Oil and gas producer Linn Energy LLC (NSDQ: LINE) announced the acquisition of oil and gas producing properties in the Jonah Field of Wyoming from BP (NYSE: BP) for $1 billion.
This is yet another phenomenal deal for Linn that’s immediately accretive to distributable cash flow and will result in significant growth in distributions later this year. About three-quarters of the output from the Jonah field properties is natural gas with the remainder primarily consisting of natural gas liquids (NGLs).
At first blush, that heavy gas focus might appear to be a problem since natural gas continues to trade well under $3 per million British thermal units. However, as I said in Investors Not Appreciating Improvement In Eagle Rock Energy Partners LP’s Underlying Business, Linn isn’t betting on a rise in near-term gas prices. Instead, the company was able to buy these properties at dirt-cheap prices and hedge 100 percent of its expected oil and natural gas output over the next six years. That means that Linn has effectively locked in a fixed profit margin on the output from this acquisition over a period of six years, with no exposure to near-term commodity price volatility.
Linn also announced that it has filed with the US Securities and Exchange Commission to list a new company called LinnCo later this year. LinnCo has elected to be taxed as a corporation rather than a partnership like Linn Energy (NSDQ: LINE).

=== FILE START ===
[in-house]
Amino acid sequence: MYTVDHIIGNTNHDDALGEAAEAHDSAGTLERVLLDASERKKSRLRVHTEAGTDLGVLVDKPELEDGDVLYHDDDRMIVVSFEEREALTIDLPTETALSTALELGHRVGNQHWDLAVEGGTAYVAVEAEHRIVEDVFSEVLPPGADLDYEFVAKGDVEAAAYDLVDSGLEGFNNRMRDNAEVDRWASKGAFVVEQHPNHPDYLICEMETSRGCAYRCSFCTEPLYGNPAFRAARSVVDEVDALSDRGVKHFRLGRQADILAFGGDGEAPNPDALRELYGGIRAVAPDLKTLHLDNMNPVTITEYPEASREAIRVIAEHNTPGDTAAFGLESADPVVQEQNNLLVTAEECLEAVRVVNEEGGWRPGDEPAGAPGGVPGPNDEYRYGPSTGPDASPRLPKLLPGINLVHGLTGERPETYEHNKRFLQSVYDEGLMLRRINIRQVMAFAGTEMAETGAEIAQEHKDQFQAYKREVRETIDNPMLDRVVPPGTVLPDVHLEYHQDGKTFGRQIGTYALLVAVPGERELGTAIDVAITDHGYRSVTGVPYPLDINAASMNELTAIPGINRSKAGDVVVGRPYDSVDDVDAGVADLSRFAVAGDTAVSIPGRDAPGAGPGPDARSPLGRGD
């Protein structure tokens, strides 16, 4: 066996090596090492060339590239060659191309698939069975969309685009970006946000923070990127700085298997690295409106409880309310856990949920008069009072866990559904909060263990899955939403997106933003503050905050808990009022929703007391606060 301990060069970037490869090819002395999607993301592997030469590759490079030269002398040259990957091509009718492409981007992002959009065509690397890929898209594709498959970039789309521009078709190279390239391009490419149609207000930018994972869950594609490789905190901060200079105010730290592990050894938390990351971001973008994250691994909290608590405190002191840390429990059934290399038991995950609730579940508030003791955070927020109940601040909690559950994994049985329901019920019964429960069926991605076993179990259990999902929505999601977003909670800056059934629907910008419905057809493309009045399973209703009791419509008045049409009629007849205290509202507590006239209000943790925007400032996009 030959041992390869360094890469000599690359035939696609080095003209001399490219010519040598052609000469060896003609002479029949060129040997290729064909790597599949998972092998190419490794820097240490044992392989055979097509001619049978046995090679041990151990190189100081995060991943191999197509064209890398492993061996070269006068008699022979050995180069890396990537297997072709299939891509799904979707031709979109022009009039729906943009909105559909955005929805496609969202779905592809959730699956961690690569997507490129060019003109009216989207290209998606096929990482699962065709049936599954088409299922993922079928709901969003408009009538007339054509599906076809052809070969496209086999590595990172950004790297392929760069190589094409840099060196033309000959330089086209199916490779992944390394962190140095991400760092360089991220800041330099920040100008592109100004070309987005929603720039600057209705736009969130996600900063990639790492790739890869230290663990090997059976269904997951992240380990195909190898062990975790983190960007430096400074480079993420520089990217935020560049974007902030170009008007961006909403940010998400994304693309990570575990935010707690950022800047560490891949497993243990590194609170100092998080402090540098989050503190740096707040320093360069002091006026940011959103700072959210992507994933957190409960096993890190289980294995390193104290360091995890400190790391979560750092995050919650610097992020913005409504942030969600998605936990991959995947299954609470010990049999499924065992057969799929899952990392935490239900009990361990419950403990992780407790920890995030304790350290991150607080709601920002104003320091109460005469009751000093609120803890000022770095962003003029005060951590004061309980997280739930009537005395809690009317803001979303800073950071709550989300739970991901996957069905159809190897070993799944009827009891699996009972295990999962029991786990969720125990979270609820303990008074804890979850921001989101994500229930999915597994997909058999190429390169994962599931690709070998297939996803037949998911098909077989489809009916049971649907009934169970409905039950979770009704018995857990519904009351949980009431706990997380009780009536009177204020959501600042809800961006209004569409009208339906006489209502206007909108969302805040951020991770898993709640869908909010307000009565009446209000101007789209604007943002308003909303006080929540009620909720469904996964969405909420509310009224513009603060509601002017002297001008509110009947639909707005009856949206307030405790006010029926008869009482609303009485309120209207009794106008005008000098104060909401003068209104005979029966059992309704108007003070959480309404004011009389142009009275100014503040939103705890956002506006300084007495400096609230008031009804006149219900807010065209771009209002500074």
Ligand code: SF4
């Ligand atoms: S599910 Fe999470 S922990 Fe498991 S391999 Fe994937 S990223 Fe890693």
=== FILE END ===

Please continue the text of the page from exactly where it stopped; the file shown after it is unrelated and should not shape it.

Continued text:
LinnCo won’t be an operating company or own any assets, but all proceeds from the offering of this stock will be used to buy units of Linn Energy, which means the deal won’t be dilutive to current unitholders.
Please note that this deal is not a spin-off and current Linn shareholders will not receive units of LinnCo when it comes public.
Because LinnCo is taxed as a corporation, it will pay ordinary qualified dividends and send out a standard form 1099 to investors at tax time rather than the K-1 partnership form that Linn Energy sends out to shareholders.
That feature will make LinnCo attractive to certain classes of investors. For example, some foreign and institutional investors face tax complications from receiving distributions rather than qualified dividends; LinnCo will allow these investors to buy Linn while avoiding K-1 tax filings.
Individual investors who purchase partnerships such as Linn inside an Individual Retirement Account or 401(k) can face additional complications at tax time because some of the distributions paid constitute unrelated business taxable income. LinnCo will be subject to US corporate tax but could be an attractive alternative for those wishing to buy Linn in tax-advantaged accounts.
The deal will help Linn Energy unitholders because it offers yet another avenue for Linn to raise capital to take advantage of acquisition opportunities.
LinnCo represents an innovative transaction that’s likely to be copied by other master limited partnerships (MLPs) and limited liability companies (LLCs) as a means of raising capital from investors unwilling or unable to invest in partnerships. You can learn more about Linn Energy as well as several other prospective MLPs by checking out my free report, Best MLPs to Own Now.